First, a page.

If early farming spread fairly rapidly east to west but much more slowly into the colder north then in theory there would have been a moment in time where there was (in simple terms) one broad latitudinal band of farmers and another of hunter-gatherers. If – although crops didn’t yet grow well in those latitudes – domesticated animals were introduced into the forager zone at one or more locations (for whatever reason) which triggered a pastoralist, particularly cattle-raising culture then i think you’d expect a population boom in the forager zone which could have expanded very rapidly east-west (because of the combination of being pastoralist and the low population density of the forager population at the time) but also back down south into the farmer zone.

    One thing i wonder though is if this happened when farming was still relatively new then what was the population density in the farming zone – outside places like the fertile crescent, Nile, Ganges etc? If it was still relatively empty then i wonder if in some places – especially if the land best suited to farming was different to the land best suited to cattle-raising – it may have been more of a barging-in than a blood and guts invasion.

    .
    @2 “given that some religions seem to have a need for “purity” and avoiding things which are “unclean”, is it possible that religious instincts conferred a survival advantage as people settled and urbanized and humanity’s environment became more germ-ridden?”

    Religion based dietary and hygiene rules would be a neat and convenient way for the brighter element among a population to get the less bright to adopt adaptive behavior to a higher degree than they otherwise would. This aspect of religion would effectively be getting lower IQ people to act like higher IQ people through their religiosity and should have led to lower IQ people with high religiosity having a fitness advantage over those with low religiosity. (This last point would only apply if the religious rules in question were adaptive on balance and would be proportional to how adaptive the religious rules in question were.)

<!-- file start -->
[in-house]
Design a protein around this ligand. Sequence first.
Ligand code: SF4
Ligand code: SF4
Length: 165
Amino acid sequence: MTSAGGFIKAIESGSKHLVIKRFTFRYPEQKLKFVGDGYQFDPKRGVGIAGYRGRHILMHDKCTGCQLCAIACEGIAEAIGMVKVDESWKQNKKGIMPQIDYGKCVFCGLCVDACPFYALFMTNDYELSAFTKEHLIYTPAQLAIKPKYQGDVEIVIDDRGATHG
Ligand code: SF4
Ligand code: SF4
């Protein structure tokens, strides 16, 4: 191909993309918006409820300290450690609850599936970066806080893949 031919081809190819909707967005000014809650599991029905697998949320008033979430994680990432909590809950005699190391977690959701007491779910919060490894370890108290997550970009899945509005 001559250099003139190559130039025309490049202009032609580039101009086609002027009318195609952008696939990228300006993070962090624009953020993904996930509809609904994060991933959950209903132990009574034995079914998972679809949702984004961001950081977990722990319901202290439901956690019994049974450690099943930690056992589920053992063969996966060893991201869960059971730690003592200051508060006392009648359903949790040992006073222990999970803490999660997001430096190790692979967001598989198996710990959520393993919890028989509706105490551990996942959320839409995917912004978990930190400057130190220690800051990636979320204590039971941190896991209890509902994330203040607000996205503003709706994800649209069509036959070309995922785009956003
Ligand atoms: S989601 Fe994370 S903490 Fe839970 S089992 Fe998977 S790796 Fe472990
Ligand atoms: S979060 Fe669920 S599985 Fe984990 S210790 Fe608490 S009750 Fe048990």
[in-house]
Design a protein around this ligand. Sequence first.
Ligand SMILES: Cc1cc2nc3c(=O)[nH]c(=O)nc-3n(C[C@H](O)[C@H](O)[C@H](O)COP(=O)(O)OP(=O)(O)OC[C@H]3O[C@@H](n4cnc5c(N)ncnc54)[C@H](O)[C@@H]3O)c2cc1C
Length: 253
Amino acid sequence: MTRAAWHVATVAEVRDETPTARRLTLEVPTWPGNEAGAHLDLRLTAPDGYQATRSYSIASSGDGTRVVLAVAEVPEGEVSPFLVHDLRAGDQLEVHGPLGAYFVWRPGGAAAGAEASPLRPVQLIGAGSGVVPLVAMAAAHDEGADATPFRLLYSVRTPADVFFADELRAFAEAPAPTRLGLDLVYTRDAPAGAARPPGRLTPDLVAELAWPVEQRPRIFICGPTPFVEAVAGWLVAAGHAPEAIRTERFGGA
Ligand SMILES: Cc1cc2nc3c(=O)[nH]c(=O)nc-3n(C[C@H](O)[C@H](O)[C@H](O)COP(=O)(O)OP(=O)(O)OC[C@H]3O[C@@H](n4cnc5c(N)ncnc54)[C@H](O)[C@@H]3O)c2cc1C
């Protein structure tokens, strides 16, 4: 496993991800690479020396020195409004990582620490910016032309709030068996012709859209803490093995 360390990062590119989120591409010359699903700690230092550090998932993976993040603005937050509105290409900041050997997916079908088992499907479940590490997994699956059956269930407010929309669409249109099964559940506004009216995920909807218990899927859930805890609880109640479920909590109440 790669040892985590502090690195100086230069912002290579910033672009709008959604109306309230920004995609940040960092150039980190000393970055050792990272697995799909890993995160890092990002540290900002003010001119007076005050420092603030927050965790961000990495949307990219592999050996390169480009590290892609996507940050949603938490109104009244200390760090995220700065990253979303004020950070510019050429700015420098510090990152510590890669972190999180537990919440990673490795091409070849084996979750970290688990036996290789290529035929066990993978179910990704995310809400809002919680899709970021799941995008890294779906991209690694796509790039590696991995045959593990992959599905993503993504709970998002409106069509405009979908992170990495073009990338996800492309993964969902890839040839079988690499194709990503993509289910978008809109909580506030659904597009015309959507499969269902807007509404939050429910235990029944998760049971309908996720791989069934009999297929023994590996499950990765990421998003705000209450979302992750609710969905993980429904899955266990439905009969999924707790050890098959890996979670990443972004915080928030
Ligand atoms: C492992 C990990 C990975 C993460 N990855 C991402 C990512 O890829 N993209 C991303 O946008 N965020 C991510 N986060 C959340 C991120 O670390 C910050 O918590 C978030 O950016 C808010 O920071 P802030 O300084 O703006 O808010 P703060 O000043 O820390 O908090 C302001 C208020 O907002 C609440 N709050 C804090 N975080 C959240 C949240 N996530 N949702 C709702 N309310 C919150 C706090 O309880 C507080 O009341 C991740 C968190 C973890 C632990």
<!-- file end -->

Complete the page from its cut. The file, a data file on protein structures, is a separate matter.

The brighter element didn’t need those rules to be based on religion but they accepted the restrictions of the religion for the benefit of the group (at least in this aspect). This traditional form has reversed in the west since the 60s as the elites have wanted the freedom to do things which have negative consequences inversely proportional to IQ regardless of the effect this has had on the left side of the bell curve.

    .
    @17 “I was slightly surprised that 72% in the Telegraph poll disagree that we should even _consider_ genetically screening for preferred behavioural traits. I suspect many of them would if given the choice.”

    Well if you changed the wording to “do you trust the current ruling class in any way shape or form” which is the implicit question then i’m surprised it was only 72%. Maybe most of the other 28% hadn’t translated the question?

    I think eugenics based on criminal behavior is best done on the basis of criminal behavior i.e. prison i.e. locking the criminally inclined up during their prime reproductive years so they have less kids.